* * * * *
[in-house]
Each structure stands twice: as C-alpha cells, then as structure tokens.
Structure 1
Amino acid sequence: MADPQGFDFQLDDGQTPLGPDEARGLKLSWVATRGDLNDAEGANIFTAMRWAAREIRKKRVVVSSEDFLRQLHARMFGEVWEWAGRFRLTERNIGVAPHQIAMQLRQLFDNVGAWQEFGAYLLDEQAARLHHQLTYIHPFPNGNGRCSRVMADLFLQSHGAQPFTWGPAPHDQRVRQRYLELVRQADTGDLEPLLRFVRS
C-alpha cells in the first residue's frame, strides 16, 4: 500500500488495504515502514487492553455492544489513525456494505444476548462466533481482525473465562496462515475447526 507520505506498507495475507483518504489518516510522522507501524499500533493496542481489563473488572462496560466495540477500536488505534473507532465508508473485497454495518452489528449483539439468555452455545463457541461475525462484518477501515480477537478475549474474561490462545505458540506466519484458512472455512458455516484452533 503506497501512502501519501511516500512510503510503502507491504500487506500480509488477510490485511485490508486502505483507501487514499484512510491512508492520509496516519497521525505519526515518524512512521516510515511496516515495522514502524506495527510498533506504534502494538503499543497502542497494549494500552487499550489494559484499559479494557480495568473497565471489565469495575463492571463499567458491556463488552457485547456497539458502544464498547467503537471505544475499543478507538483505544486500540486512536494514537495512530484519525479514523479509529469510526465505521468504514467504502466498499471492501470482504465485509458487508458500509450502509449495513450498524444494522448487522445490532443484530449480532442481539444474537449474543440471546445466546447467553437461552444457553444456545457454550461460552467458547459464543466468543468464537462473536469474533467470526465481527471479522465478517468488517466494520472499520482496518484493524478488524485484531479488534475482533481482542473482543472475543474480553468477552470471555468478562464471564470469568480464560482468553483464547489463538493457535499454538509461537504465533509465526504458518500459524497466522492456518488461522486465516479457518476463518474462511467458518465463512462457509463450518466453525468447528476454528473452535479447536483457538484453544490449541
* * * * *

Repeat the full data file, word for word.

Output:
[in-house]
Each structure stands twice: as C-alpha cells, then as structure tokens.
Structure 1
Amino acid sequence: MADPQGFDFQLDDGQTPLGPDEARGLKLSWVATRGDLNDAEGANIFTAMRWAAREIRKKRVVVSSEDFLRQLHARMFGEVWEWAGRFRLTERNIGVAPHQIAMQLRQLFDNVGAWQEFGAYLLDEQAARLHHQLTYIHPFPNGNGRCSRVMADLFLQSHGAQPFTWGPAPHDQRVRQRYLELVRQADTGDLEPLLRFVRS
C-alpha cells in the first residue's frame, strides 16, 4: 500500500488495504515502514487492553455492544489513525456494505444476548462466533481482525473465562496462515475447526 507520505506498507495475507483518504489518516510522522507501524499500533493496542481489563473488572462496560466495540477500536488505534473507532465508508473485497454495518452489528449483539439468555452455545463457541461475525462484518477501515480477537478475549474474561490462545505458540506466519484458512472455512458455516484452533 503506497501512502501519501511516500512510503510503502507491504500487506500480509488477510490485511485490508486502505483507501487514499484512510491512508492520509496516519497521525505519526515518524512512521516510515511496516515495522514502524506495527510498533506504534502494538503499543497502542497494549494500552487499550489494559484499559479494557480495568473497565471489565469495575463492571463499567458491556463488552457485547456497539458502544464498547467503537471505544475499543478507538483505544486500540486512536494514537495512530484519525479514523479509529469510526465505521468504514467504502466498499471492501470482504465485509458487508458500509450502509449495513450498524444494522448487522445490532443484530449480532442481539444474537449474543440471546445466546447467553437461552444457553444456545457454550461460552467458547459464543466468543468464537462473536469474533467470526465481527471479522465478517468488517466494520472499520482496518484493524478488524485484531479488534475482533481482542473482543472475543474480553468477552470471555468478562464471564470469568480464560482468553483464547489463538493457535499454538509461537504465533509465526504458518500459524497466522492456518488461522486465516479457518476463518474462511467458518465463512462457509463450518466453525468447528476454528473452535479447536483457538484453544490449541